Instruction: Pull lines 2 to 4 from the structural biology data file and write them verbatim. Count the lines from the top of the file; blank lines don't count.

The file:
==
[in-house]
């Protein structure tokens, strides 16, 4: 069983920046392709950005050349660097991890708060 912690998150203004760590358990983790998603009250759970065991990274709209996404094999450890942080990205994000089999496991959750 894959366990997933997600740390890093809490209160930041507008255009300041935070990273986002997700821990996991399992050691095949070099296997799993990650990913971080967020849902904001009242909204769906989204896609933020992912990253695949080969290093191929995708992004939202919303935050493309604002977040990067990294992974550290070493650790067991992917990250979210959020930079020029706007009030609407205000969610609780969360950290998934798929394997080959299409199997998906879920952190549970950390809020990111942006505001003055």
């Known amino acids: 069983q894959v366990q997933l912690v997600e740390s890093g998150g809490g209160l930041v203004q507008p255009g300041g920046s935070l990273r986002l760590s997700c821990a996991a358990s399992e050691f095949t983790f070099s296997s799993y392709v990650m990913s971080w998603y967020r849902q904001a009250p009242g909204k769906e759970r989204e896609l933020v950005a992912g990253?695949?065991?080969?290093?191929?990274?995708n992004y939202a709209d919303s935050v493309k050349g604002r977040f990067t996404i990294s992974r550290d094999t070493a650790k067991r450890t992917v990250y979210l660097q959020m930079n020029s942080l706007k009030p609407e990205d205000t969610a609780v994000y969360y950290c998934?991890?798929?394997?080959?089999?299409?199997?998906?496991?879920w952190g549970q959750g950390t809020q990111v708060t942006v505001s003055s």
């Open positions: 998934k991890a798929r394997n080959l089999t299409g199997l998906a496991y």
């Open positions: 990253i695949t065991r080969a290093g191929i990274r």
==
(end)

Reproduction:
């Protein structure tokens, strides 16, 4: 069983920046392709950005050349660097991890708060 912690998150203004760590358990983790998603009250759970065991990274709209996404094999450890942080990205994000089999496991959750 894959366990997933997600740390890093809490209160930041507008255009300041935070990273986002997700821990996991399992050691095949070099296997799993990650990913971080967020849902904001009242909204769906989204896609933020992912990253695949080969290093191929995708992004939202919303935050493309604002977040990067990294992974550290070493650790067991992917990250979210959020930079020029706007009030609407205000969610609780969360950290998934798929394997080959299409199997998906879920952190549970950390809020990111942006505001003055």
């Known amino acids: 069983q894959v366990q997933l912690v997600e740390s890093g998150g809490g209160l930041v203004q507008p255009g300041g920046s935070l990273r986002l760590s997700c821990a996991a358990s399992e050691f095949t983790f070099s296997s799993y392709v990650m990913s971080w998603y967020r849902q904001a009250p009242g909204k769906e759970r989204e896609l933020v950005a992912g990253?695949?065991?080969?290093?191929?990274?995708n992004y939202a709209d919303s935050v493309k050349g604002r977040f990067t996404i990294s992974r550290d094999t070493a650790k067991r450890t992917v990250y979210l660097q959020m930079n020029s942080l706007k009030p609407e990205d205000t969610a609780v994000y969360y950290c998934?991890?798929?394997?080959?089999?299409?199997?998906?496991?879920w952190g549970q959750g950390t809020q990111v708060t942006v505001s003055s």
């Open positions: 998934k991890a798929r394997n080959l089999t299409g199997l998906a496991y």